R: Rudd - Rylands
Wrestling Heritage A-Z
Jack “Izzy” Rudd was a powerful, strong stocky light heavyweight of London in the 1930s who never really seemed to extend beyond the supporting role of enhancing the reputation of the stars. Opponents included Atholl Oakeley, Golden Hawk and White Owl. Having repeatedly carried White Owl to the side of the ring and deliberately thrown him over the top rope fans at Nottingham cheered when White Owl returned the favour, with Rudd counted out by the referee.
Post war we find Jimmy Rudd working the professional rings of northern England against the likes of Tiger Woods, Jim Mellor and Carlton Smith. We can only guess that this was the same RAF airman who, during the war, performed exhibition matches with another young airman by the name of Mick McManus. We have no further information but would like to know more.
An often overlooked wrestler who looked the part. Forgotten by many fans, respected and remembered by colleagues. Terry was a long-term career mid-heavyweight who could wrestle clean or dirty, bald or hairy, tanned or pale. Blocked at the Royal Albert Hall by Mike Marino in his title bid, this was the story in the over-crowded Mid-Heavyweight division all along for the this London born wrestler.
Terry turned professional in the late 1960s, quickly gaining experience and weight before taking part in the German summer tournaments, and was in time he was to find himself working frequently overseas. As he matured Terry developed a harder edge style which didn't endear him to fans. David Franklin remembers; “The wrestler who returned to Britain from these foreign travels was unrecognisable to those who remembered the handsome young prospect of a few years earlier. The hair was gone and he had put in a couple of stones of solid muscle, but most of all he had now developed an aggressive attitude that stayed with him for the rest of his career.”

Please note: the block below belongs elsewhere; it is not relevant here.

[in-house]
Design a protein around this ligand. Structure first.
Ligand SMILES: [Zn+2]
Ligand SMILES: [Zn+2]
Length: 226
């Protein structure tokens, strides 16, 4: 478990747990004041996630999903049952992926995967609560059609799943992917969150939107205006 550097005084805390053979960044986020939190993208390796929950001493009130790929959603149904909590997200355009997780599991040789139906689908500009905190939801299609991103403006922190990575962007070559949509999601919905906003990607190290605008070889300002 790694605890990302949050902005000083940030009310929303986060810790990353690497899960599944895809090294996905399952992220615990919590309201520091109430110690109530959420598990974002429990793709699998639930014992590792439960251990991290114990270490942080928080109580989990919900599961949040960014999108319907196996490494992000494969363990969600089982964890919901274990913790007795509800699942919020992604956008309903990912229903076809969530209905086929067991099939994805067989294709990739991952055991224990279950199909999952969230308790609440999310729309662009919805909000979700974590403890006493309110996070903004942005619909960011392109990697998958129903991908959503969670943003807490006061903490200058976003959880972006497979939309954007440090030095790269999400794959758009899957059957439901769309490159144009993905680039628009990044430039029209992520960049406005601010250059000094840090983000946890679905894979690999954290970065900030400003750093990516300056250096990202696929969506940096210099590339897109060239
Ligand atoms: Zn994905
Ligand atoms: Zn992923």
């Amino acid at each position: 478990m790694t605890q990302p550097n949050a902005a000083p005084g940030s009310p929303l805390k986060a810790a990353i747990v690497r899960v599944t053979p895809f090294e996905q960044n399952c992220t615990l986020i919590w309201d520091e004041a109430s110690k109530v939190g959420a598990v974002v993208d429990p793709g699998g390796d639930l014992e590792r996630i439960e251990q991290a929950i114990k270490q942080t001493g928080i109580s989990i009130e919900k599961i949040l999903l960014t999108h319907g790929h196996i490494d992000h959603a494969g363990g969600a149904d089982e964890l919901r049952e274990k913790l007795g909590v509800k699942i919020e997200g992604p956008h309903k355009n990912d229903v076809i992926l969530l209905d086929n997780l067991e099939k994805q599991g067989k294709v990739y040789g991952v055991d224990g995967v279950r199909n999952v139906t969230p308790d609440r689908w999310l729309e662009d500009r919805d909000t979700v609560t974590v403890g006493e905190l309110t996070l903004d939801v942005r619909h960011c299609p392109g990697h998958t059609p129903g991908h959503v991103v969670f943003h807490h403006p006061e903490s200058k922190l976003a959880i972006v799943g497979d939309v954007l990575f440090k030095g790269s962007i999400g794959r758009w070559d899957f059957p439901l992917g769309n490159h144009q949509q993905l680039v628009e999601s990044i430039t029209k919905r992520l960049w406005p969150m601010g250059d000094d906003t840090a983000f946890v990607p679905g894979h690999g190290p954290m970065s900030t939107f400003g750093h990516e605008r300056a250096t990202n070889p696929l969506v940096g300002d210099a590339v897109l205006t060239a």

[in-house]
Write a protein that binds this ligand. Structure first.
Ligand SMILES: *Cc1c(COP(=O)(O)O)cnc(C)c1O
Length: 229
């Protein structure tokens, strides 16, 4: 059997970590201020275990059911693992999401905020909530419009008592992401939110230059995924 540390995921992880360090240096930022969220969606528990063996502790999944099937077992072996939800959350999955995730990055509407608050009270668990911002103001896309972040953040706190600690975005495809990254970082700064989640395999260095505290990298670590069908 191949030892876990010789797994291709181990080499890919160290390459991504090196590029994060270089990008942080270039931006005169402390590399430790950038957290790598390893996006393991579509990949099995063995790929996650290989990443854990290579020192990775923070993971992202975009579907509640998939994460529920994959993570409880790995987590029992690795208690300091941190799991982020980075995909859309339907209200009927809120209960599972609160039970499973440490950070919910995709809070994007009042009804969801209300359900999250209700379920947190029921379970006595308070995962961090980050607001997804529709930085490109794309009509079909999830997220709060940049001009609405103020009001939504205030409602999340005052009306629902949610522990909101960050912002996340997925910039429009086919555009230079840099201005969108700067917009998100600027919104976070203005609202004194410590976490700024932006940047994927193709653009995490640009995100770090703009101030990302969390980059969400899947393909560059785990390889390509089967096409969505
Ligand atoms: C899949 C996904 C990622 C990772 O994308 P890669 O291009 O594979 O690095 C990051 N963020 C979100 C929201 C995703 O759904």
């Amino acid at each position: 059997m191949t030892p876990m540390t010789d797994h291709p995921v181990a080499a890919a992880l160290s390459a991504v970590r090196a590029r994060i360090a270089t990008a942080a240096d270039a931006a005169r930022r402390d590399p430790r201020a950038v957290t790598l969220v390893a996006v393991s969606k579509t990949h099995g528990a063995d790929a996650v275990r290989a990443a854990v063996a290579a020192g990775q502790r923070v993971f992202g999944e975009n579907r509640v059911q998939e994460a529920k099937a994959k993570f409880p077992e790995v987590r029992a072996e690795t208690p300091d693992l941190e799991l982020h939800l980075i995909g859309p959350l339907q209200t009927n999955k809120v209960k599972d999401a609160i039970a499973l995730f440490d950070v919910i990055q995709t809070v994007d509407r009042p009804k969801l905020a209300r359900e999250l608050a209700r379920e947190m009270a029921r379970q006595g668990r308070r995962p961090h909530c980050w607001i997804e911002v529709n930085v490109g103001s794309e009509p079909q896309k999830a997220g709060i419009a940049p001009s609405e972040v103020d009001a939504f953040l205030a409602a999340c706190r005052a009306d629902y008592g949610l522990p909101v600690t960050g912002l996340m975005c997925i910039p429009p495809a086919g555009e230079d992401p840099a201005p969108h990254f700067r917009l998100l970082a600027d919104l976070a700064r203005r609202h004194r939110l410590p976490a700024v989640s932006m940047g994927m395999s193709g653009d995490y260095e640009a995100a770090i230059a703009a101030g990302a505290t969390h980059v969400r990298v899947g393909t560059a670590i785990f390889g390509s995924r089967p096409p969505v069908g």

Another wrestler who went in to pub management on retirement. Can claim one of the most outrageous quotes in wrestling (if we can believe The Wrestler magazine): that his toughest opponent was Tornado Torontos!
David Franklin again: “However let’s now remember all those great matches. He was a top professional who was never in a bad match. Terry Rudge guaranteed you a great contest and his win/loss record was highly creditable for somebody who fought all the very best although never really a big star name himself.”
We saw Birmingham middleweight Billy Ryan a couple of times in the early 1970s, against Sabu (Gurdial Singh) and Earl McCready in the independent rings. We remember a skilful, fast and popular wrestler, and have since been told, but not confirmed, that he was the son of veteran heavyweight Harry Yardley.
His stylistic manoeuvres, speed and agility made him a fans favourite, never more so than in his clashes with Jim Breaks. They had some great matches around the country, matching one another with speed and skill, and delighting the fans when Bobby would outwit the Yorkshire man who would oblige with one of the tantrums that he made his own.
Bobo Matu, as well as his father, Stand Rylands, were influential in preparing Bobby for his professional debut, against Sid Cooper. In the years that followed he developed into a first class lightweight, whose epic battles with Jim Breaks are remembered to this day.
In the early to mid 1970s the British and European lightweight titles moved freely between Breaks and Ryan, with fans rarely being more delighted than the four occasions they witnessed Bobby snatch one or the other of those titles from the Bradford man.
Television exposure gave him national popularity though Bobby worked mainly in the midlands and north of England for Wryton Promotions.